The Boston Globe | 1/14/2015 | Green Mountain Project revisits Monteverdi at St. Cecilia

The Boston Globe | 1/14/2015 | Green Mountain Project revisits Monteverdi at St. Cecilia

By Matthew Guerrieri, BOSTON GLOBE  

Halfway through the Green Mountain Project’s Monday performance of Claudio Monteverdi’s “Vespero della Beata Vergine,” as Jason McStoots and Owen McIntosh virtuosically tripped through the echoing angelic lauds of “Duo seraphim,” Brian Giebler sidled in at mention of the Trinity, and the song coalesced into triadic solidity. It epitomized the music’s palpable architecture. Monteverdi historically straddled a shift in musical thought, from horizontal counterpoint to vertical harmony. One could hear ideas that once would have made Renaissance waves being stacked into pillars and vaults.

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The Boston Music Intelligencer | 1/14/2015 | Monteverdi’s Catholicism Test Gets High Marks

The Boston Music Intelligencer | 1/14/2015 | Monteverdi’s Catholicism Test Gets High Marks

The magnificent Romanesque Revival nave of St. Cecilia Parish in Boston was the venue Monday night for the Vespers of 1610 by Monteverdi. Scott Metcalfe directed 27 of the region’s leading early-music singers and instrumentalists in Tenet/Green Mountain Project’s fourth consecutive performance of a series begun two days earlier at the Church of St-Jean-Baptiste in New York.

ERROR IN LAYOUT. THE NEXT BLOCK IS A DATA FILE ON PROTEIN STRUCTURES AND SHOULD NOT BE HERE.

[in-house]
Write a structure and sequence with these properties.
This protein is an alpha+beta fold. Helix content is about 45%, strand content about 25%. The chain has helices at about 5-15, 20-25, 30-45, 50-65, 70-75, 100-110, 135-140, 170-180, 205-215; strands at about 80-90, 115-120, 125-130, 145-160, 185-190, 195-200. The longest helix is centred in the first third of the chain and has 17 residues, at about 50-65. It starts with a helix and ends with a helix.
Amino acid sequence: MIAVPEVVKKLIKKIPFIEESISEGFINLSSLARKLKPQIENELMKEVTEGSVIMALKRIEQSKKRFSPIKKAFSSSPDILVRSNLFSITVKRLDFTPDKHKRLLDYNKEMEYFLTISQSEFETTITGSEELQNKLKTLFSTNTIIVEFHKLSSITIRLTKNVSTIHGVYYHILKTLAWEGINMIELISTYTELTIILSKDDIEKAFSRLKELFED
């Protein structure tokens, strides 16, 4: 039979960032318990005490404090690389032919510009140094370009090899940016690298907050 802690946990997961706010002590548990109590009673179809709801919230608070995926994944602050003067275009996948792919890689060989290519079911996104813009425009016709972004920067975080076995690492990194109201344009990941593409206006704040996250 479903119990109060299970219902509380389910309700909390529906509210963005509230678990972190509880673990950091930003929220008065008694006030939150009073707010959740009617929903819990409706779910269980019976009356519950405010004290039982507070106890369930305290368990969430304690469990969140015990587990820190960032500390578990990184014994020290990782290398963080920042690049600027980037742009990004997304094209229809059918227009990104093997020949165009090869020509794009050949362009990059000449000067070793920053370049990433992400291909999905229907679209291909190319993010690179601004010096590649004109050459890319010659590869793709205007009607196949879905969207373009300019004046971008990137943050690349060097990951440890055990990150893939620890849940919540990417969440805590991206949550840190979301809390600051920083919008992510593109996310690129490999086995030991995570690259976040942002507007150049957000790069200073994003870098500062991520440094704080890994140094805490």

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The Boston Globe | 6/19/2014 | Green Mountain’s Vespers setting suited to a saint

The Boston Globe | 6/19/2014 | Green Mountain’s Vespers setting suited to a saint

We know Monteverdi as, among other things, the composer of the “Vespro della Beata Virgine,” commonly known as the “Vespers of 1610.” It is by many leagues his most renowned piece of sacred music, and one of the great liturgy settings of the 17th century. Yet treating the “Vespers” as a stable, discrete work is deceptive. Since it entered the canon, debates over its nature, purpose, even its actual component parts have arisen, persisting to this day. This provides opportunities for fresh thinking and rediscovery, not only about this piece but also about the context that gave rise to it.

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